You have now interleaved the peg plans with the results appearing in the first design.
Another way to do this is to create a threading, and then just draw your design underneath it. WeaveMaker will figure out the pegplan for your design (or the tie-up, if you are in treadling mode.
The first pick is at the bottom because that is how a fabric looks as it comes off the loom. Imagine that you are sitting at the loom. The first pick you weave is closest to you. If you have a draft (on paper) sitting alongside the fabric, you want the draft to look just like what you are weaving, which requires the first pick to be at the bottom of the piece of paper. There is no sensible reason to draw drafts upside-down, although some handweaving books mistakenly do it that way.
The location of the first end on the left is arbitrary (it could as well be on the right), but mills all put it on the left, so that is how WeaveMaker does it.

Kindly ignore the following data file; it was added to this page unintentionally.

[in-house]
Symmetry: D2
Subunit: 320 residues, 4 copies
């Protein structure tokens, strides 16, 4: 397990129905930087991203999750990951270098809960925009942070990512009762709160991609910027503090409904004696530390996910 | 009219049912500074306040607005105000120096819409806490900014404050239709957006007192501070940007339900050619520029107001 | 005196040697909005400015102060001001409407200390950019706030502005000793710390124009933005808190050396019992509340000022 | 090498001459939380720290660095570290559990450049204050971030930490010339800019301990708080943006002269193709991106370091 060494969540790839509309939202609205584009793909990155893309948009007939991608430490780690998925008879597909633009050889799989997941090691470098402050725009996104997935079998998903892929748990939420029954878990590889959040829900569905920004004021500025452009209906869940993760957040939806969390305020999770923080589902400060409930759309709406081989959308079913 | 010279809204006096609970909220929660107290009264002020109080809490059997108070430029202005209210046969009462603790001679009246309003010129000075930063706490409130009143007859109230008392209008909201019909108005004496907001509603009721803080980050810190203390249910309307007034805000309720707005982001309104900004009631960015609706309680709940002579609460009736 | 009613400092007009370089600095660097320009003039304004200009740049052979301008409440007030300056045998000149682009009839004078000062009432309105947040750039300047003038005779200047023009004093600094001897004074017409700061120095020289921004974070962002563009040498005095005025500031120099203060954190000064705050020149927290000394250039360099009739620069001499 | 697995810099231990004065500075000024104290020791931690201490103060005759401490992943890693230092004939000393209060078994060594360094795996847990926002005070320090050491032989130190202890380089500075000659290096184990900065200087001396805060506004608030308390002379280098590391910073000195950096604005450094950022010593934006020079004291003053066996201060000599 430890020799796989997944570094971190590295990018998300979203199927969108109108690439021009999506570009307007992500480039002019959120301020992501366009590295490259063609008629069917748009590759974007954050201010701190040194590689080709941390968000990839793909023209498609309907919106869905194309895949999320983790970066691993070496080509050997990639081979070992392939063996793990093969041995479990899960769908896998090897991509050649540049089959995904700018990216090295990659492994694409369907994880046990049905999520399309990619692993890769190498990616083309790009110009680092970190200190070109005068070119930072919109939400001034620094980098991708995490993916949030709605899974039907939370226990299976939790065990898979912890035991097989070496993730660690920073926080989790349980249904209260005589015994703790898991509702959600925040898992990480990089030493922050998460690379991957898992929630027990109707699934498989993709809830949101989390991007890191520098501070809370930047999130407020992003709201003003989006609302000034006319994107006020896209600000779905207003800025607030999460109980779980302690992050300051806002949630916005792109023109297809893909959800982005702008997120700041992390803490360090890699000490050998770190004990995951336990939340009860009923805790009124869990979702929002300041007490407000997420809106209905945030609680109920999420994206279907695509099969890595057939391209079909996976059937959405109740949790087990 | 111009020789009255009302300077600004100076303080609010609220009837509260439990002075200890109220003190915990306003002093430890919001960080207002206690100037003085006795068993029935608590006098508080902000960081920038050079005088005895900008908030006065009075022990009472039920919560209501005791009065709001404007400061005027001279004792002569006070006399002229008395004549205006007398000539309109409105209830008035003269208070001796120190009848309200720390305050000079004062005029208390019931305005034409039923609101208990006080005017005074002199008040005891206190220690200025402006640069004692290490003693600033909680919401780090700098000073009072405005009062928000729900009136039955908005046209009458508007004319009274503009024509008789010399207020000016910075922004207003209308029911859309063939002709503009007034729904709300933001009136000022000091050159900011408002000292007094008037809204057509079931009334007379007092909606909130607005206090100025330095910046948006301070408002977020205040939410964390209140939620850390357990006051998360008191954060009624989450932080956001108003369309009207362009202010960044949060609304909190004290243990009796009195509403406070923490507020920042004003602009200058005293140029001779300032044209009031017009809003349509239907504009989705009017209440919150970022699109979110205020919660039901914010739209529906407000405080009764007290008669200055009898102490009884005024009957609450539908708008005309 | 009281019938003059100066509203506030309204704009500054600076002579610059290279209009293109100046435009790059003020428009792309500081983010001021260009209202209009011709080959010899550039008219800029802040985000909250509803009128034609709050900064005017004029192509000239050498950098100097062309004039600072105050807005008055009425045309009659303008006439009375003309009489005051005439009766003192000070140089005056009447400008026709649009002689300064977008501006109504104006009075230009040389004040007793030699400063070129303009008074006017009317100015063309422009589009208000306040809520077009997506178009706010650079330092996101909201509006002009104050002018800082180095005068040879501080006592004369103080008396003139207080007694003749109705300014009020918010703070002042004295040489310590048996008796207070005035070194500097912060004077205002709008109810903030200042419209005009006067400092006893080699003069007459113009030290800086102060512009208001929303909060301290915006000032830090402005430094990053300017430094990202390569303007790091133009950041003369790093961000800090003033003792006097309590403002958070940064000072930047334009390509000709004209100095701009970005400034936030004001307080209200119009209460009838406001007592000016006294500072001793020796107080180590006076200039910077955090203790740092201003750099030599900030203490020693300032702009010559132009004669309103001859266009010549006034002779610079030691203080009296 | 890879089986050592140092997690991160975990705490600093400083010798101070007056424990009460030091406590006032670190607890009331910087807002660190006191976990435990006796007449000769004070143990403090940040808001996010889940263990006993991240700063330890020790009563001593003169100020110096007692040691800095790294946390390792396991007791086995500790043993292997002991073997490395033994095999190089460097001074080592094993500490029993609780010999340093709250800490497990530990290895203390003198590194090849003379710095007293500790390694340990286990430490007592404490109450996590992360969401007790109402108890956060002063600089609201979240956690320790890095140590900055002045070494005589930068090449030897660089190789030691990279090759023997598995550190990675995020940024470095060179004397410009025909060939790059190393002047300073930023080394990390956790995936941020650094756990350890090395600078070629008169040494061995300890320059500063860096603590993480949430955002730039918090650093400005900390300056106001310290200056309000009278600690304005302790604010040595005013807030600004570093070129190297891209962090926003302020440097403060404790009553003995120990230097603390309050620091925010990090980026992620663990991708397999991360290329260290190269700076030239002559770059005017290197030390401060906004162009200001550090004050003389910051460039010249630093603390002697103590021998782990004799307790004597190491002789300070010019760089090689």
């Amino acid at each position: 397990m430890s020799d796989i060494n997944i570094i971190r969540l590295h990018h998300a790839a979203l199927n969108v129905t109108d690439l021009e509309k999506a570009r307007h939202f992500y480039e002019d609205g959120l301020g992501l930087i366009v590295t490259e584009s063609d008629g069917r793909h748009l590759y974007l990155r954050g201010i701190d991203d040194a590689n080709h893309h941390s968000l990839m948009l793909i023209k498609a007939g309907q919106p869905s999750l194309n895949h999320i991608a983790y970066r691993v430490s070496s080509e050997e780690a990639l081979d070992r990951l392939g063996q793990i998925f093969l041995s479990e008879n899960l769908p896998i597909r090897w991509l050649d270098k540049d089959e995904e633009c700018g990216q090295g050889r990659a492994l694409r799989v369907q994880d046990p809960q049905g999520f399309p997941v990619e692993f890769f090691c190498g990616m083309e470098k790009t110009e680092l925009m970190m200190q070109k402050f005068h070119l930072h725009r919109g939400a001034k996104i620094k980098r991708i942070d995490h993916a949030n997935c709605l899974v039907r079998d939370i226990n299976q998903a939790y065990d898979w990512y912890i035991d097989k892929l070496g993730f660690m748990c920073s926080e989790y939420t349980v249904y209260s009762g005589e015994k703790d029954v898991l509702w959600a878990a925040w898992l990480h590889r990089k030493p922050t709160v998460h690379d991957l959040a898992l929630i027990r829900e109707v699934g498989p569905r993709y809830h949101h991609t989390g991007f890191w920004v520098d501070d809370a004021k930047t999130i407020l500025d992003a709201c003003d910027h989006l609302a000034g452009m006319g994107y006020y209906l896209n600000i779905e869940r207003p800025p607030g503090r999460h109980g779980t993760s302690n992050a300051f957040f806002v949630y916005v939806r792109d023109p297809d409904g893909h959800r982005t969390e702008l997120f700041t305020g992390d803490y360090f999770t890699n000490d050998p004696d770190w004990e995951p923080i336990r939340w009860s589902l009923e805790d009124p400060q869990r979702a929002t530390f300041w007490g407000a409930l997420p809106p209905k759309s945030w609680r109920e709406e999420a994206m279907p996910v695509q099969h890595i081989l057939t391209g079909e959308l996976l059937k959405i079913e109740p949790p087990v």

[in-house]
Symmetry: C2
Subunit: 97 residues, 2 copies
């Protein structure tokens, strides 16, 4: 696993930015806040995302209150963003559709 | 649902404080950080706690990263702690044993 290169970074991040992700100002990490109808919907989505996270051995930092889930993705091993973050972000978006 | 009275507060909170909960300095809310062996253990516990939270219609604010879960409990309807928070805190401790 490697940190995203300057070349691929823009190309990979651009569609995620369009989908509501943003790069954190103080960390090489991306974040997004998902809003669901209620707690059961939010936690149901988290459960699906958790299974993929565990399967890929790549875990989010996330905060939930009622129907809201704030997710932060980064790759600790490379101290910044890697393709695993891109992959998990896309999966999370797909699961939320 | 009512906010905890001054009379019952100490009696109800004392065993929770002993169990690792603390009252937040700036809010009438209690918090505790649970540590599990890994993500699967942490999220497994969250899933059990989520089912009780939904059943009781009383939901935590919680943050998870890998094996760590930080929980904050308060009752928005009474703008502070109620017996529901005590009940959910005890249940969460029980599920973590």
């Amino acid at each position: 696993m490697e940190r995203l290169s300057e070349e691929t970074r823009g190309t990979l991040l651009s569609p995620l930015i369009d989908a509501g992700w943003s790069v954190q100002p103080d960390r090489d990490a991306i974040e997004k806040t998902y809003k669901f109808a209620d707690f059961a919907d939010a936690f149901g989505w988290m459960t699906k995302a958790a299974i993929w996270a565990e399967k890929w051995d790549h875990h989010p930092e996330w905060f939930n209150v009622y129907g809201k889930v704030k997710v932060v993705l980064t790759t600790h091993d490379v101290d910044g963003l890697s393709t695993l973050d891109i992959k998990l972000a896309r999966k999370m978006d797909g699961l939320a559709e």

Older computers (both Mac and Windows) came with built-in serial ports. On the Mac there were two, usually called "modem" and "printer". Similarly, Windows computers almost always had a serial port, called COM1 (and if there were multiple such ports, the others were COM2, COM3, et cetera).
The problem with these older serial ports is that their design literally pre-dated computers. They were engineered back in the days of real Teletypes, the kind that were used to send real telegrams, delivered by a person weaving a uniform, complete with hat. These older serial ports were slow, and the way they worked wasn't compatible with modern computer electronics, and so they required expensive chips inside the computer to accomodate them.